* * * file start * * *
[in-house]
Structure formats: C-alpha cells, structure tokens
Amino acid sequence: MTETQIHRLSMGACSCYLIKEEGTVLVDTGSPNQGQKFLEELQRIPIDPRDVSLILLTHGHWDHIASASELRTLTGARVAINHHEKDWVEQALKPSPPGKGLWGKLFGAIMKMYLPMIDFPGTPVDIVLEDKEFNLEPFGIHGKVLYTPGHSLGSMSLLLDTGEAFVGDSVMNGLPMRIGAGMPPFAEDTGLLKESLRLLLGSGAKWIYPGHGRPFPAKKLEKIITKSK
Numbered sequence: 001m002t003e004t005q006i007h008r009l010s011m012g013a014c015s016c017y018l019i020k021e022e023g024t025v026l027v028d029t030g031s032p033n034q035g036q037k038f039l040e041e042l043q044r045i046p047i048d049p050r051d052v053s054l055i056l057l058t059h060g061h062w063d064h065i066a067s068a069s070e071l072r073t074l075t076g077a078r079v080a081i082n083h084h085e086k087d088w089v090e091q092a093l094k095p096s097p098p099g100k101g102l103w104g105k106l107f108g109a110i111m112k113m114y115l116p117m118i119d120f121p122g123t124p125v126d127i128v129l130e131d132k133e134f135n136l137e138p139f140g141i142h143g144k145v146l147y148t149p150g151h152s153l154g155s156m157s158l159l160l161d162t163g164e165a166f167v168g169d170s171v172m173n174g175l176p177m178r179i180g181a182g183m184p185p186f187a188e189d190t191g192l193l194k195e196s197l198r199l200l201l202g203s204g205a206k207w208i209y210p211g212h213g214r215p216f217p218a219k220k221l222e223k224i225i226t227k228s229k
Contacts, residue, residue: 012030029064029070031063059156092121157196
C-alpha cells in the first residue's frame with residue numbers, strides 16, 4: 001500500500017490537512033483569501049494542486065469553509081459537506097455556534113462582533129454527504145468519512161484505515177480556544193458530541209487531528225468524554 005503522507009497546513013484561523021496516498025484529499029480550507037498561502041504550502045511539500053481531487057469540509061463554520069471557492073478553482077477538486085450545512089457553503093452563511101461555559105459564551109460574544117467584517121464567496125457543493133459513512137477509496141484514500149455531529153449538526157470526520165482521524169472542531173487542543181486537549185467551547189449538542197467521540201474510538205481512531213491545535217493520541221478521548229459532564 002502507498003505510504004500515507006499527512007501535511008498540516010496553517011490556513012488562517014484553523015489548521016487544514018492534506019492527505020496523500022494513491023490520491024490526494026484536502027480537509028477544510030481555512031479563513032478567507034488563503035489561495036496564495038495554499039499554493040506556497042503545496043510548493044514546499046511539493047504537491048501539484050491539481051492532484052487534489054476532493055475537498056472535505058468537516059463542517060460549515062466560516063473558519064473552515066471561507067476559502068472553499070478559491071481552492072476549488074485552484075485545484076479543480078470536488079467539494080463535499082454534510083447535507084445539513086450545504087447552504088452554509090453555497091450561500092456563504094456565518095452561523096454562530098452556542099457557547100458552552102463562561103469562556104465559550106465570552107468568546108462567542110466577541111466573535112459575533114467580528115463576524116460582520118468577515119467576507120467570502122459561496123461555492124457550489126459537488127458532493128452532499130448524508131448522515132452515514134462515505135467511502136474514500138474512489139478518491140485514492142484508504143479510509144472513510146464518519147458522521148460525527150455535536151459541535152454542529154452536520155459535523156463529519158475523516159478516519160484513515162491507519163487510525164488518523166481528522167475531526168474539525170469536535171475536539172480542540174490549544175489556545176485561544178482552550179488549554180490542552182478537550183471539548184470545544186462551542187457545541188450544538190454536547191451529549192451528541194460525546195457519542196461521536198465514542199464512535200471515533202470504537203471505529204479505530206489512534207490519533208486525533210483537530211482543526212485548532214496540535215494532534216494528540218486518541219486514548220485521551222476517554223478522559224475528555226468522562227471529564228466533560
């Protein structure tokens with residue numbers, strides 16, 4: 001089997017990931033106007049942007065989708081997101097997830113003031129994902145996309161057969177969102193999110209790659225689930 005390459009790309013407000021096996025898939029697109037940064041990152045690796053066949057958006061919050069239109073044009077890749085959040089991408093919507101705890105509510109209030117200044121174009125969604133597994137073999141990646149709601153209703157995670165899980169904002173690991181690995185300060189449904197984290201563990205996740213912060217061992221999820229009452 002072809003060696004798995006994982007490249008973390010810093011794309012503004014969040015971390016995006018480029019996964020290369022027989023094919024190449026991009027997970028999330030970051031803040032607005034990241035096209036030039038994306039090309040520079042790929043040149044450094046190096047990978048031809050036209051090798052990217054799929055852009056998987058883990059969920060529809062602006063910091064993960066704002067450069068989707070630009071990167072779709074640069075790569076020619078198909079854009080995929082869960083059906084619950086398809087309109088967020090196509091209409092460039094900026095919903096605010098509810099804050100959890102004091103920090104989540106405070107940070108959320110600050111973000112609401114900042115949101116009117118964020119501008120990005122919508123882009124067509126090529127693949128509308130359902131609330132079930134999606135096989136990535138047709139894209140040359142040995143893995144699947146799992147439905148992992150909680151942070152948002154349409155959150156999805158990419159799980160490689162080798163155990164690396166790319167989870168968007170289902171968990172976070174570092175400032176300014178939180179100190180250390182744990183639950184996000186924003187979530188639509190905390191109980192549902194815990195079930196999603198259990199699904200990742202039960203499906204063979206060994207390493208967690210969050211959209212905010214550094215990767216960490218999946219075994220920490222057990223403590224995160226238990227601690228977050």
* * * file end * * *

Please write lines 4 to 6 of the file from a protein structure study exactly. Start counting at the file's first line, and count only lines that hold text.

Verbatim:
Numbered sequence: 001m002t003e004t005q006i007h008r009l010s011m012g013a014c015s016c017y018l019i020k021e022e023g024t025v026l027v028d029t030g031s032p033n034q035g036q037k038f039l040e041e042l043q044r045i046p047i048d049p050r051d052v053s054l055i056l057l058t059h060g061h062w063d064h065i066a067s068a069s070e071l072r073t074l075t076g077a078r079v080a081i082n083h084h085e086k087d088w089v090e091q092a093l094k095p096s097p098p099g100k101g102l103w104g105k106l107f108g109a110i111m112k113m114y115l116p117m118i119d120f121p122g123t124p125v126d127i128v129l130e131d132k133e134f135n136l137e138p139f140g141i142h143g144k145v146l147y148t149p150g151h152s153l154g155s156m157s158l159l160l161d162t163g164e165a166f167v168g169d170s171v172m173n174g175l176p177m178r179i180g181a182g183m184p185p186f187a188e189d190t191g192l193l194k195e196s197l198r199l200l201l202g203s204g205a206k207w208i209y210p211g212h213g214r215p216f217p218a219k220k221l222e223k224i225i226t227k228s229k
Contacts, residue, residue: 012030029064029070031063059156092121157196
C-alpha cells in the first residue's frame with residue numbers, strides 16, 4: 001500500500017490537512033483569501049494542486065469553509081459537506097455556534113462582533129454527504145468519512161484505515177480556544193458530541209487531528225468524554 005503522507009497546513013484561523021496516498025484529499029480550507037498561502041504550502045511539500053481531487057469540509061463554520069471557492073478553482077477538486085450545512089457553503093452563511101461555559105459564551109460574544117467584517121464567496125457543493133459513512137477509496141484514500149455531529153449538526157470526520165482521524169472542531173487542543181486537549185467551547189449538542197467521540201474510538205481512531213491545535217493520541221478521548229459532564 002502507498003505510504004500515507006499527512007501535511008498540516010496553517011490556513012488562517014484553523015489548521016487544514018492534506019492527505020496523500022494513491023490520491024490526494026484536502027480537509028477544510030481555512031479563513032478567507034488563503035489561495036496564495038495554499039499554493040506556497042503545496043510548493044514546499046511539493047504537491048501539484050491539481051492532484052487534489054476532493055475537498056472535505058468537516059463542517060460549515062466560516063473558519064473552515066471561507067476559502068472553499070478559491071481552492072476549488074485552484075485545484076479543480078470536488079467539494080463535499082454534510083447535507084445539513086450545504087447552504088452554509090453555497091450561500092456563504094456565518095452561523096454562530098452556542099457557547100458552552102463562561103469562556104465559550106465570552107468568546108462567542110466577541111466573535112459575533114467580528115463576524116460582520118468577515119467576507120467570502122459561496123461555492124457550489126459537488127458532493128452532499130448524508131448522515132452515514134462515505135467511502136474514500138474512489139478518491140485514492142484508504143479510509144472513510146464518519147458522521148460525527150455535536151459541535152454542529154452536520155459535523156463529519158475523516159478516519160484513515162491507519163487510525164488518523166481528522167475531526168474539525170469536535171475536539172480542540174490549544175489556545176485561544178482552550179488549554180490542552182478537550183471539548184470545544186462551542187457545541188450544538190454536547191451529549192451528541194460525546195457519542196461521536198465514542199464512535200471515533202470504537203471505529204479505530206489512534207490519533208486525533210483537530211482543526212485548532214496540535215494532534216494528540218486518541219486514548220485521551222476517554223478522559224475528555226468522562227471529564228466533560